- Scientific name
- Cantharellus enelensis
- Voitk, Thorn, Lebeuf & J.I. Kim
- Common names
- IUCN Specialist Group
- Mushroom, Bracket and Puffball
- Assessment status
- Assessment date
- IUCN Red List Category
- Siegel, N.
- Dahlberg, A.
is a recently described species from Newfoundland, Canada. The limited data available suggest that it is a common and widespread species in north-east North American conifer forests. Based on this, it is assessed as Least Concern (LC).
is a recently described member of the C. cibarius
complex (Thorn et al.
2017). Members of the C. cibarius
complex in eastern North America are highly variable in macro-morphological features, and with current knowledge most are not identifiable to species without careful microscopic examination or even a DNA sequence.
The distribution of Cantharellus enelensis
is poorly-known at this time. It was described from Newfoundland, Canada (Thorn et al.
2017). These authors state that sequenced collections from Michigan and Illinois, USA, match C. enelensis
. It has also been reported from Quebec, Canada (MycoQuebec 2021). It appears likely that C. enelensis
is a widespread species with conifers in north-east North America.
Population and Trends
Cantharellus enelensis is a newly described species (Thorn et al. 2017), and is difficult to distinguish from other members of the C. cibarius complex without a genetic sequence. Because of this, population size remains poorly known. Thorn et al. (2017) state it is "by far the most common and abundant chanterelle in Newfoundland and Labrador". Based on limited data, it appears likely that C. enelensis is a common and widespread species with conifers in north-east North America, in a stable habitat.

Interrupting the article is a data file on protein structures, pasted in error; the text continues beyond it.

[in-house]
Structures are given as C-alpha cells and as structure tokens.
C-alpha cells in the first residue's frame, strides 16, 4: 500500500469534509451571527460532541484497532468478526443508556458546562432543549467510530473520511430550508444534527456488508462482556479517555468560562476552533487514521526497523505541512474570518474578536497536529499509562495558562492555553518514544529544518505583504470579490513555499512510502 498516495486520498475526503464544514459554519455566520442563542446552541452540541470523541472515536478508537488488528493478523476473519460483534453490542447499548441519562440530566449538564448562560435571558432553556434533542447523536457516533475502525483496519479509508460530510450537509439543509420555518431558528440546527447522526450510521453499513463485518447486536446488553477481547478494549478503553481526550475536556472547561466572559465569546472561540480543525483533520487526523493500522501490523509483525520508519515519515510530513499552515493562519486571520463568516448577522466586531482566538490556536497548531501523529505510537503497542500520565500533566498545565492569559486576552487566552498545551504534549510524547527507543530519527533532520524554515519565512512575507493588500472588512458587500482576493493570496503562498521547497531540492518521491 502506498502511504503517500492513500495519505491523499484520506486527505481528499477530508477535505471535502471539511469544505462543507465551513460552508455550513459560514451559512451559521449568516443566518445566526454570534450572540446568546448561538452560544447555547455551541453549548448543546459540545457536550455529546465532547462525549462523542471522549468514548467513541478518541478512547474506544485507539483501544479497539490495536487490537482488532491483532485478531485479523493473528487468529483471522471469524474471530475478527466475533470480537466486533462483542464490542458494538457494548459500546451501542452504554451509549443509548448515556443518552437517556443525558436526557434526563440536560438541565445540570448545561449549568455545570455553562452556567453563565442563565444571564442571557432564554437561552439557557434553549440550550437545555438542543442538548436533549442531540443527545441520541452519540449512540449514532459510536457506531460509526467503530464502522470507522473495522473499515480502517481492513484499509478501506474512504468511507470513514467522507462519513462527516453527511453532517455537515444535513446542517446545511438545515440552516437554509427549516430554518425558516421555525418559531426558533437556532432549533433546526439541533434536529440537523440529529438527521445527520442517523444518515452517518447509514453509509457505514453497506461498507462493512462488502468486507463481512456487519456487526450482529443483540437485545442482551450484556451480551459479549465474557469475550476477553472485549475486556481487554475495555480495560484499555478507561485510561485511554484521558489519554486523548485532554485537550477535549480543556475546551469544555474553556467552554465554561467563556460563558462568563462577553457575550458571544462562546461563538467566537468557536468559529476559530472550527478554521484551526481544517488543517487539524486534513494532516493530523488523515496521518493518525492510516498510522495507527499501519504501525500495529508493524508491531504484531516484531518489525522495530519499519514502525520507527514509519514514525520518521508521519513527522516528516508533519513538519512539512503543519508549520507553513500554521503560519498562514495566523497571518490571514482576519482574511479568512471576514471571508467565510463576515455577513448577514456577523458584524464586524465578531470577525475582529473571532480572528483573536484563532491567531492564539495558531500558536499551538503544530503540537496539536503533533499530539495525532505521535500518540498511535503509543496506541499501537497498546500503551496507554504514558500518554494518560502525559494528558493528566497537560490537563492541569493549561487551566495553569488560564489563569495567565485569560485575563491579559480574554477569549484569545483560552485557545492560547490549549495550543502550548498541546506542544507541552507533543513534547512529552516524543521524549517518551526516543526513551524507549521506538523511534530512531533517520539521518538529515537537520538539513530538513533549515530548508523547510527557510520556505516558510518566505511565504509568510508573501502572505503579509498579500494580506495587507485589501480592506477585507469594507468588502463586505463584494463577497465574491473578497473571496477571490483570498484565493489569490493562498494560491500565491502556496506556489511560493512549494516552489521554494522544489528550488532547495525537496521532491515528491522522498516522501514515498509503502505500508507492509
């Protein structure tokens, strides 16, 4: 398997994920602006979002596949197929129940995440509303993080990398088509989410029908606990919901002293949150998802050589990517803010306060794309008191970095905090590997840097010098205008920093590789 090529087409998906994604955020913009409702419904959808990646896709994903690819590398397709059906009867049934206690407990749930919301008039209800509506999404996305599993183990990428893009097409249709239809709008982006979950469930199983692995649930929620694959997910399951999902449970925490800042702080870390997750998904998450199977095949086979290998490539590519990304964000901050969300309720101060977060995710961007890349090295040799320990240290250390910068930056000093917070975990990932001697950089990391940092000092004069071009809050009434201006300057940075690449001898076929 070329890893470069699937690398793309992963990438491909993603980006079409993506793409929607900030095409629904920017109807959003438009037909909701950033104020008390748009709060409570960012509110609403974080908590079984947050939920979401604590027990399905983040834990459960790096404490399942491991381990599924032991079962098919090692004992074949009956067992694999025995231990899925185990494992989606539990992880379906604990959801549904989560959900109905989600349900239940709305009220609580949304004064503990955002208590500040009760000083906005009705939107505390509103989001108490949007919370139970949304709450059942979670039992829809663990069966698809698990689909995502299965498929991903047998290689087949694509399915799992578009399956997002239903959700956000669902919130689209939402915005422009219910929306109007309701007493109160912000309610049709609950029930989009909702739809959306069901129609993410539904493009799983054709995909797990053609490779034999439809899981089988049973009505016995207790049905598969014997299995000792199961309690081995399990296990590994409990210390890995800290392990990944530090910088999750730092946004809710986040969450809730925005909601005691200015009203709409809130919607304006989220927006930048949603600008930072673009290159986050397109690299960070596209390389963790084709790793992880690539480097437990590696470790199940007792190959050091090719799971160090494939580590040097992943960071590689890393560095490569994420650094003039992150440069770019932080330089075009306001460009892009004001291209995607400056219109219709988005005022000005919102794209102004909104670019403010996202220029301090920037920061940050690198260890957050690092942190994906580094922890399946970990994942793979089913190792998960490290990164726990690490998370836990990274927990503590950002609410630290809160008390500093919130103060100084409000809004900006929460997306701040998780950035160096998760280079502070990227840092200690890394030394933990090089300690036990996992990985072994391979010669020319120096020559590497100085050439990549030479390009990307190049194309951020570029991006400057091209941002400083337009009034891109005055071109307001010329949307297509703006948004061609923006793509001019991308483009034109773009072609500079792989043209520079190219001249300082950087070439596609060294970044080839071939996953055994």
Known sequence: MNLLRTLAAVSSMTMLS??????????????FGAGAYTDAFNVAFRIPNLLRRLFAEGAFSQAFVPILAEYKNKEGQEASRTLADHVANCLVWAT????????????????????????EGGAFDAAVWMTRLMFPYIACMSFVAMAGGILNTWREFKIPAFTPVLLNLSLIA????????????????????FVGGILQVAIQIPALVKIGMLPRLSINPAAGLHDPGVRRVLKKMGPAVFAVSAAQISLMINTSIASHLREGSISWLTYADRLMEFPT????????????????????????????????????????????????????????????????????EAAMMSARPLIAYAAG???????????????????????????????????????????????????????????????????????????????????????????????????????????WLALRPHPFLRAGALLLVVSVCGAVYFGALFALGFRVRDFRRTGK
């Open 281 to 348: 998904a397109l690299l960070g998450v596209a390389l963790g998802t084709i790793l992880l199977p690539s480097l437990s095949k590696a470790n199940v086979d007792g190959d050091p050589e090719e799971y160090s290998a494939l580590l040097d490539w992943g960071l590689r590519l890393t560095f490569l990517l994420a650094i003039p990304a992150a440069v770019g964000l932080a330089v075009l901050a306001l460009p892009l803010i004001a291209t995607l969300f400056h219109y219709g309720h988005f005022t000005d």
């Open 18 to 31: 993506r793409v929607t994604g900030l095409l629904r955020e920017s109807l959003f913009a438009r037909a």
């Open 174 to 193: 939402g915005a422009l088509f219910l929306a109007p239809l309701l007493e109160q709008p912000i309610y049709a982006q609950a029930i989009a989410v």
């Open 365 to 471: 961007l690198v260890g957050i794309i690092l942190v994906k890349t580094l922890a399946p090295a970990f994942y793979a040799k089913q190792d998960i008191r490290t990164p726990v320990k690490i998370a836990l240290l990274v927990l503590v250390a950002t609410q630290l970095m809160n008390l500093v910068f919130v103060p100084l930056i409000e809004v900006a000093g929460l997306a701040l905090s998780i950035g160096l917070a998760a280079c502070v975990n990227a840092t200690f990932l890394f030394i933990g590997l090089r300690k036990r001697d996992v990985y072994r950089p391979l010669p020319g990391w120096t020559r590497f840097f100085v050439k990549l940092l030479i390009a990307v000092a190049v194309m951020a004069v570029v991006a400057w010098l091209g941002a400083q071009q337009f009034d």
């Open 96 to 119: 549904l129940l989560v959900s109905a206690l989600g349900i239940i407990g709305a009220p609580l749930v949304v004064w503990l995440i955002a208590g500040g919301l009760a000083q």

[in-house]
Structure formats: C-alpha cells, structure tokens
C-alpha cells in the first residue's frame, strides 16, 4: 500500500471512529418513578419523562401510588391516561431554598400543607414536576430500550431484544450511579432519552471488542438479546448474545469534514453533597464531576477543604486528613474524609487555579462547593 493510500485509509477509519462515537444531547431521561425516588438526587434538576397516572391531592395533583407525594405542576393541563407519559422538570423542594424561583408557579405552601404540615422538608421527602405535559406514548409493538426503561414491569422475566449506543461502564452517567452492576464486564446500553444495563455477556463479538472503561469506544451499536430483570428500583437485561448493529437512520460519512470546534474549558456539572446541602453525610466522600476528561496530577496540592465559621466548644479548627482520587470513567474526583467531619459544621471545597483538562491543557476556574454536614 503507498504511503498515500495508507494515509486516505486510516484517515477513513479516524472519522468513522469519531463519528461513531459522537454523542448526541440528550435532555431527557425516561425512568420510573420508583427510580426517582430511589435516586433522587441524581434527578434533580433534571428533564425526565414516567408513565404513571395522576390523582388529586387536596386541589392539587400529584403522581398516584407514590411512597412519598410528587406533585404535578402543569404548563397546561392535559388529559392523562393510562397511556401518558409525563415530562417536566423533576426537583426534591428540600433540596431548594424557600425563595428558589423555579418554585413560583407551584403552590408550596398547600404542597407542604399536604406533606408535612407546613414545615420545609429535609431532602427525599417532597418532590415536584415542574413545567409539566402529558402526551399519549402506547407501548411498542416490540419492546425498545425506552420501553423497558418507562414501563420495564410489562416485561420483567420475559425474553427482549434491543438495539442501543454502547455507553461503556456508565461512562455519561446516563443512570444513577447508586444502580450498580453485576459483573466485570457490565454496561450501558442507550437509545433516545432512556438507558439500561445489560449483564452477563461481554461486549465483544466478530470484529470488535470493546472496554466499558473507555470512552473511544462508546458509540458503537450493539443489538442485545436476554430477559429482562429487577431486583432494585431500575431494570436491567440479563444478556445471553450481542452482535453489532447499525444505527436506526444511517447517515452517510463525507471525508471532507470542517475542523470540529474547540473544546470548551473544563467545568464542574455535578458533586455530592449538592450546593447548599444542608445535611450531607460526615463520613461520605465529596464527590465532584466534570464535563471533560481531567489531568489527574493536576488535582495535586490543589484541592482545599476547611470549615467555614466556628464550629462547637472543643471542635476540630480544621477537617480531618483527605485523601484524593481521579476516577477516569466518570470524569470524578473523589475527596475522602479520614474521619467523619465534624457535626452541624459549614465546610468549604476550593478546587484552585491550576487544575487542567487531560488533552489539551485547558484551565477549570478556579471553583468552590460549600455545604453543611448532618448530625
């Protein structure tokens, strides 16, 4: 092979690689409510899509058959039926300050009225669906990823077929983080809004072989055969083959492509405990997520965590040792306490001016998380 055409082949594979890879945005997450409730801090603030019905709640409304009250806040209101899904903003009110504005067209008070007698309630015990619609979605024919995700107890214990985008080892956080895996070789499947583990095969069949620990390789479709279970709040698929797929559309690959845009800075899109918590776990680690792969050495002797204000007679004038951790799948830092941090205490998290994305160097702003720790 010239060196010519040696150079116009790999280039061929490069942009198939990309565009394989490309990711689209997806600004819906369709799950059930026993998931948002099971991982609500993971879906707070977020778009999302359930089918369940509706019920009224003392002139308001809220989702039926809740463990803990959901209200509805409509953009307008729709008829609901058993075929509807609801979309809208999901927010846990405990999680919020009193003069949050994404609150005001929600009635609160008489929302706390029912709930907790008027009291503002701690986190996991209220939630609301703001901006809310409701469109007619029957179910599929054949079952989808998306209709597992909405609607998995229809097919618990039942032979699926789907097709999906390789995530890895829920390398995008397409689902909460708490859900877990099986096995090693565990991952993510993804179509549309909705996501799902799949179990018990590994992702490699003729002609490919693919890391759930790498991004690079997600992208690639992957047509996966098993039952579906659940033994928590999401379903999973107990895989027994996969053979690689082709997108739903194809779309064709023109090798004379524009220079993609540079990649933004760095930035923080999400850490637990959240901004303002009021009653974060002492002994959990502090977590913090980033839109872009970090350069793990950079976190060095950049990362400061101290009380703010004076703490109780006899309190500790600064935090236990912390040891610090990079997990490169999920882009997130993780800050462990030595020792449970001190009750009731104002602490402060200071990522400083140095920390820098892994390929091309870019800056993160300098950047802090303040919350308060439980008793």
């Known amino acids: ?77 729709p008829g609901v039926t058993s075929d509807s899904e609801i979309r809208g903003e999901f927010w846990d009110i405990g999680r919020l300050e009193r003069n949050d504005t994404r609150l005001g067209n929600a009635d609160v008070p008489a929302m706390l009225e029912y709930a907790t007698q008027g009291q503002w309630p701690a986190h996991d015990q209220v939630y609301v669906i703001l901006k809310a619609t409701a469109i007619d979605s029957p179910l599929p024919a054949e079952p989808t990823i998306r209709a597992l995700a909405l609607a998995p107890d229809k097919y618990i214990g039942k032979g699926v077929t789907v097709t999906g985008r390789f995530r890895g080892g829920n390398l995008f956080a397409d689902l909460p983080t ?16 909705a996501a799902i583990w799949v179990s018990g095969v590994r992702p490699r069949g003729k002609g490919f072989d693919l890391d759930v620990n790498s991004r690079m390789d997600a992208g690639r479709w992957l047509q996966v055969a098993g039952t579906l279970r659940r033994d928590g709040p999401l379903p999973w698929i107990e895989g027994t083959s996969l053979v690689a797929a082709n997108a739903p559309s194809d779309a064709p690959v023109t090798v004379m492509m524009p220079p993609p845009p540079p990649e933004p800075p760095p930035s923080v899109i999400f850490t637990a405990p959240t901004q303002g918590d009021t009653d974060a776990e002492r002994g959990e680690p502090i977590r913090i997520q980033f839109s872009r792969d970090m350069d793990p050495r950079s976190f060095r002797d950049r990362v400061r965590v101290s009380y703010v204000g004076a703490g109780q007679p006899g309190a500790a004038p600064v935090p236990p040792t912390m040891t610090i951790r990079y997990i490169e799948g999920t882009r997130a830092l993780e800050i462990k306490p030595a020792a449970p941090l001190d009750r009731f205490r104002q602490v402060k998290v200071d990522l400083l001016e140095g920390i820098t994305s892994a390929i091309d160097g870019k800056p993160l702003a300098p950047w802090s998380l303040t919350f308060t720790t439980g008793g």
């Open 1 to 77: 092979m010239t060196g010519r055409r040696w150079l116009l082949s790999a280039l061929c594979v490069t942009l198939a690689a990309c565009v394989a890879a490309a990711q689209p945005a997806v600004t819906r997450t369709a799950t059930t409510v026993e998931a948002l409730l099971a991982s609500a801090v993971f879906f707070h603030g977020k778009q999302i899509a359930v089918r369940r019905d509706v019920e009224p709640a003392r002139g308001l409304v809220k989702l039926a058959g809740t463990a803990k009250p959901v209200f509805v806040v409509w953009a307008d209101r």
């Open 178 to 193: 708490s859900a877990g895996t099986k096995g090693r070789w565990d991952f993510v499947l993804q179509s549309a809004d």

Population Trend: stable
Habitat and Ecology
is an ectomycorrhizal species associated with conifers. Thorn et al.
(2017) mention fir (Abies
) spruce (Picea
) and white pine (Pinus strobus
No specific threats have been identified with regards to this species.
No specific conservation actions are needed with regards to this species, but a better understanding is needed of population numbers, distribution, and trends of Cantharellus enelensis
Use and Trade
is edible, and is commonly collected by foragers and small-scale commercial pickers.
Source and Citation
Siegel, N. 2021. Cantharellus enelensis. The IUCN Red List of Threatened Species 2021: e.T198623007A198623906. https://dx.doi.org/10.2305/IUCN.UK.2021-2.RLTS.T198623007A198623906.en
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